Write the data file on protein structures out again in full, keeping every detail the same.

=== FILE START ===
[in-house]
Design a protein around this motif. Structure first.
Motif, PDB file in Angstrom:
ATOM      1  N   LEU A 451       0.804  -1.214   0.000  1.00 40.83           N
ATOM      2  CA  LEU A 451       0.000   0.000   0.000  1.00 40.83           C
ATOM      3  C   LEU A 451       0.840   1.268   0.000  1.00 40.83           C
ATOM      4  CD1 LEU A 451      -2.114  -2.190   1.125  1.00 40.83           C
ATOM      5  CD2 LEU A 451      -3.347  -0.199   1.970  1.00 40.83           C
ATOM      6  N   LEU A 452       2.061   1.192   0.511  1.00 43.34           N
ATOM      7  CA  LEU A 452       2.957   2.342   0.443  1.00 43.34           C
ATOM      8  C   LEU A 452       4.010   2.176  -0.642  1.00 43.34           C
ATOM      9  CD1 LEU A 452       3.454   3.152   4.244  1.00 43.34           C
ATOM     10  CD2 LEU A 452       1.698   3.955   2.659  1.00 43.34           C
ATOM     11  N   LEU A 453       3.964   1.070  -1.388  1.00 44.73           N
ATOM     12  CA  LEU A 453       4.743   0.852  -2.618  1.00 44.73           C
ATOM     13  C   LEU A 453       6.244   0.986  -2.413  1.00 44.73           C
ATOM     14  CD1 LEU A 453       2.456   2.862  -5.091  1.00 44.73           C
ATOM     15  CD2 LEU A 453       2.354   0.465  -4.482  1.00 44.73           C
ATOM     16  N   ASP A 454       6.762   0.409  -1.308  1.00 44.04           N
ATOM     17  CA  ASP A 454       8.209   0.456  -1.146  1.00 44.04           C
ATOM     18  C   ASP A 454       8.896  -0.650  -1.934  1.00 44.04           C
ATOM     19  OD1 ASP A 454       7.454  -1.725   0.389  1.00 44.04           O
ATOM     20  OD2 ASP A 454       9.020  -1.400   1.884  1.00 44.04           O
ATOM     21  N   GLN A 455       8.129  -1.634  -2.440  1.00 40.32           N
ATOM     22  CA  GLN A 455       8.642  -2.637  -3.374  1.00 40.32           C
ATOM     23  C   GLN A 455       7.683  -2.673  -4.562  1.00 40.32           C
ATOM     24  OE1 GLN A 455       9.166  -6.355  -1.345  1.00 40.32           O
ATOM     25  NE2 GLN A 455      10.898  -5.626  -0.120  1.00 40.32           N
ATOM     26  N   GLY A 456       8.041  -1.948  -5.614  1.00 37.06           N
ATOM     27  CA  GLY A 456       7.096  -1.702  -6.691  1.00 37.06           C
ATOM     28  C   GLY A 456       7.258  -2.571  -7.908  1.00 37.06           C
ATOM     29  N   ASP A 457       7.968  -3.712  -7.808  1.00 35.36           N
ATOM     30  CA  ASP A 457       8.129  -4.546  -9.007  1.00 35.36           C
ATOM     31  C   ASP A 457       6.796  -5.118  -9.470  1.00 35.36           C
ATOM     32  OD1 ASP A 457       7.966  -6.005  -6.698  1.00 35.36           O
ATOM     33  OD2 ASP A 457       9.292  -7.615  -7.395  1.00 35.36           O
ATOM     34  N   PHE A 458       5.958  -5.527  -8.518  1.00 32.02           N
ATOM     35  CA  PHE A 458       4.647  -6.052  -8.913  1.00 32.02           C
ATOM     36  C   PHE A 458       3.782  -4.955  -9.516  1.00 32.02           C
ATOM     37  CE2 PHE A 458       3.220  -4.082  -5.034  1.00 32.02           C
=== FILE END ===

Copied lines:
[in-house]
Design a protein around this motif. Structure first.
Motif, PDB file in Angstrom:
ATOM      1  N   LEU A 451       0.804  -1.214   0.000  1.00 40.83           N
ATOM      2  CA  LEU A 451       0.000   0.000   0.000  1.00 40.83           C
ATOM      3  C   LEU A 451       0.840   1.268   0.000  1.00 40.83           C
ATOM      4  CD1 LEU A 451      -2.114  -2.190   1.125  1.00 40.83           C
ATOM      5  CD2 LEU A 451      -3.347  -0.199   1.970  1.00 40.83           C
ATOM      6  N   LEU A 452       2.061   1.192   0.511  1.00 43.34           N
ATOM      7  CA  LEU A 452       2.957   2.342   0.443  1.00 43.34           C
ATOM      8  C   LEU A 452       4.010   2.176  -0.642  1.00 43.34           C
ATOM      9  CD1 LEU A 452       3.454   3.152   4.244  1.00 43.34           C
ATOM     10  CD2 LEU A 452       1.698   3.955   2.659  1.00 43.34           C
ATOM     11  N   LEU A 453       3.964   1.070  -1.388  1.00 44.73           N
ATOM     12  CA  LEU A 453       4.743   0.852  -2.618  1.00 44.73           C
ATOM     13  C   LEU A 453       6.244   0.986  -2.413  1.00 44.73           C
ATOM     14  CD1 LEU A 453       2.456   2.862  -5.091  1.00 44.73           C
ATOM     15  CD2 LEU A 453       2.354   0.465  -4.482  1.00 44.73           C
ATOM     16  N   ASP A 454       6.762   0.409  -1.308  1.00 44.04           N
ATOM     17  CA  ASP A 454       8.209   0.456  -1.146  1.00 44.04           C
ATOM     18  C   ASP A 454       8.896  -0.650  -1.934  1.00 44.04           C
ATOM     19  OD1 ASP A 454       7.454  -1.725   0.389  1.00 44.04           O
ATOM     20  OD2 ASP A 454       9.020  -1.400   1.884  1.00 44.04           O
ATOM     21  N   GLN A 455       8.129  -1.634  -2.440  1.00 40.32           N
ATOM     22  CA  GLN A 455       8.642  -2.637  -3.374  1.00 40.32           C
ATOM     23  C   GLN A 455       7.683  -2.673  -4.562  1.00 40.32           C
ATOM     24  OE1 GLN A 455       9.166  -6.355  -1.345  1.00 40.32           O
ATOM     25  NE2 GLN A 455      10.898  -5.626  -0.120  1.00 40.32           N
ATOM     26  N   GLY A 456       8.041  -1.948  -5.614  1.00 37.06           N
ATOM     27  CA  GLY A 456       7.096  -1.702  -6.691  1.00 37.06           C
ATOM     28  C   GLY A 456       7.258  -2.571  -7.908  1.00 37.06           C
ATOM     29  N   ASP A 457       7.968  -3.712  -7.808  1.00 35.36           N
ATOM     30  CA  ASP A 457       8.129  -4.546  -9.007  1.00 35.36           C
ATOM     31  C   ASP A 457       6.796  -5.118  -9.470  1.00 35.36           C
ATOM     32  OD1 ASP A 457       7.966  -6.005  -6.698  1.00 35.36           O
ATOM     33  OD2 ASP A 457       9.292  -7.615  -7.395  1.00 35.36           O
ATOM     34  N   PHE A 458       5.958  -5.527  -8.518  1.00 32.02           N
ATOM     35  CA  PHE A 458       4.647  -6.052  -8.913  1.00 32.02           C
ATOM     36  C   PHE A 458       3.782  -4.955  -9.516  1.00 32.02           C
ATOM     37  CE2 PHE A 458       3.220  -4.082  -5.034  1.00 32.02           C